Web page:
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The Other Guys

I’m going to enjoy watching the Rays and Rangers series. Consider this a game thread.

Speaking of Texas, here’s a long piece on Nolan Ryan and the Rangers by Jonathan Mahler for the New York Times Magazine:

In our conversations, Ryan lamented the fate of the modern pitcher, who has had to contend not only with performance-enhanced hitters but with certain changes to the rules of the game. During his playing days, Ryan relied heavily on intimidation; he is particularly annoyed by the empowering of umpires to eject pitchers from games for throwing at batters. “You take an aggressiveness out of the pitchers and put it into the hitters,” he told me in his office, where a pair of large oil paintings of cowboys on the Texas frontier hang above his desk.

Initially drafted in 1965 by the Mets, Ryan won his only World Series ring with New York but still couldn’t wait to leave. After a stint with the Angels, he became a free agent in 1979 and promptly returned home to Texas, pitching nine years in Houston before finishing out his career with the Rangers.

Ryan retired as one of the greatest pitchers ever, but the subsequent ascendance of statistical analysis in baseball has not been especially kind to his legend: the growing appreciation for walks as an offensive weapon has knocked him down more than a few pegs in the pitching pantheon. What remains remarkable about Ryan, though, is not simply his longevity — even in his 40s, his fastball approached 100 miles an hour — but his durability. At age 42, he once threw 166 pitches in a single game.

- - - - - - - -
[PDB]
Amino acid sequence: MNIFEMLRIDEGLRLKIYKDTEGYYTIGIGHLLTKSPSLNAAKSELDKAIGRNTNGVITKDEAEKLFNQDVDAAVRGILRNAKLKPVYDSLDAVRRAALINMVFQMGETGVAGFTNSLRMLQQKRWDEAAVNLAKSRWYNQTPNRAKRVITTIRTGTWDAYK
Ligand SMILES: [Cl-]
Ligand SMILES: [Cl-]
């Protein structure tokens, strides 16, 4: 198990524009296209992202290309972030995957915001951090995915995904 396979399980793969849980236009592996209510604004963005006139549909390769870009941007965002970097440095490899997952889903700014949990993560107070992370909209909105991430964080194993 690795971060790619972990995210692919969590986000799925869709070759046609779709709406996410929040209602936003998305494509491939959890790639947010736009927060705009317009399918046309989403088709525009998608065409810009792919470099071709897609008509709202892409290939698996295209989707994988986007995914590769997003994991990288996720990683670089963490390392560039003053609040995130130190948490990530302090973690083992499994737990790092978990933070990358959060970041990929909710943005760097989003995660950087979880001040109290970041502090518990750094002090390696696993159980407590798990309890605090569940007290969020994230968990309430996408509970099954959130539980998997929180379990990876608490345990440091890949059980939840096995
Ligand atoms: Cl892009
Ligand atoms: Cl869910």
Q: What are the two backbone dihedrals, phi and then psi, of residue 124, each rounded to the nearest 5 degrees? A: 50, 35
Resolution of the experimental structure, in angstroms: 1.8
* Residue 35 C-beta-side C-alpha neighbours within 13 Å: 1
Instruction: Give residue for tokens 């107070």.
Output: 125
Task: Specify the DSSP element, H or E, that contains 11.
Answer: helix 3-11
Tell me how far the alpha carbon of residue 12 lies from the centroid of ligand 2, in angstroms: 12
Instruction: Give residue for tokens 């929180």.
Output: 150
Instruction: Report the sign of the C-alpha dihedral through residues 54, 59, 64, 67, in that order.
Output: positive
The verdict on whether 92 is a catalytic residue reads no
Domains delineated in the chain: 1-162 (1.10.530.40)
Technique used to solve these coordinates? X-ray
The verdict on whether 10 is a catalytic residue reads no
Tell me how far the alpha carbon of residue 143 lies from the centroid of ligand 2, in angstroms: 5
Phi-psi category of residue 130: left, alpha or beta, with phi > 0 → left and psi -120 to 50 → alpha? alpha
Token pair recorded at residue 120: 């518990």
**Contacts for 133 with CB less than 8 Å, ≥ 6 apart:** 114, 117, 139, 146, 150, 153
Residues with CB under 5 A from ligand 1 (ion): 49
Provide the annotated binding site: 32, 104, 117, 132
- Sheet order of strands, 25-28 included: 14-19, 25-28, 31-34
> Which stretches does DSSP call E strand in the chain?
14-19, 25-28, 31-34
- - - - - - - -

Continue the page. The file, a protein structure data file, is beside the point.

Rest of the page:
Ryan was never known as a student of the art of pitching. He was a power pitcher, blessed with an absurdly strong, seemingly indestructible arm. But he now has firmly held convictions about how to handle pitchers, and they stand in direct opposition to baseball’s prevailing orthodoxy — what he calls “the babying” of modern-day pitchers. “Pitch counts drive me nuts,” Ryan said. “You gonna put Steve Carlton or Tom Seaver or Bob Gibson on a pitch limit?”


1 RIYank   ~  Oct 6, 2010 2:06 pm

Cliff Lee in and out of big trouble in the first.

2 seamus   ~  Oct 6, 2010 2:15 pm

watching the game on my iphone from work. It's pretty cool! except i'm using the center field camera so it's kind of weird. the camera follows the runner, not the ball. and quad view is too small for iphone. 2-0 rangers

3 seamus   ~  Oct 6, 2010 2:40 pm

3-0 on cruz homer. price is getting knocked around.

4 Dimelo   ~  Oct 6, 2010 2:41 pm

that was quite a dinger by cruz, on a 3 - 0 count nonetheless. Ron Washington is being more aggressive than a dude on a 48 hour coke binge.

5 Alex Belth   ~  Oct 6, 2010 2:46 pm

Whoah, Texas out to the early lead....

6 OldYanksFan   ~  Oct 6, 2010 2:47 pm

I was in the minority and predicted the Rangers to beat TB.
Are the rotations posted?
Is Lee going again in game #4 or #5?
IsPrice going again in game #4 or #5?

7 OldYanksFan   ~  Oct 6, 2010 3:18 pm

[7] ESPN says both guys start game #5.
Not scoring with bases loaded in the 1st might cost TB the PS.

8 seamus   ~  Oct 6, 2010 3:26 pm

[8] game 1 certainly looking good for the rangers so far. Lee has thrown 71 pitches through 5 so he looks poised to go 7 or 8 at least.

9 seamus   ~  Oct 6, 2010 3:27 pm

[7][8] self-referential patterns developing!

10 Chyll Will   ~  Oct 6, 2010 3:39 pm

[6] I'm with you, dude. We're not going to avoid Cliff Lee at all; he'll be pitching against us now or for us next year.

11 seamus   ~  Oct 6, 2010 3:50 pm

i don't care who wins tb-tex series. i'm more concerned with the twins.

12 seamus   ~  Oct 6, 2010 4:10 pm

Lee might have one more inning. I bet he starts the 8th but doesn't finish it if he throws a lot of pitches.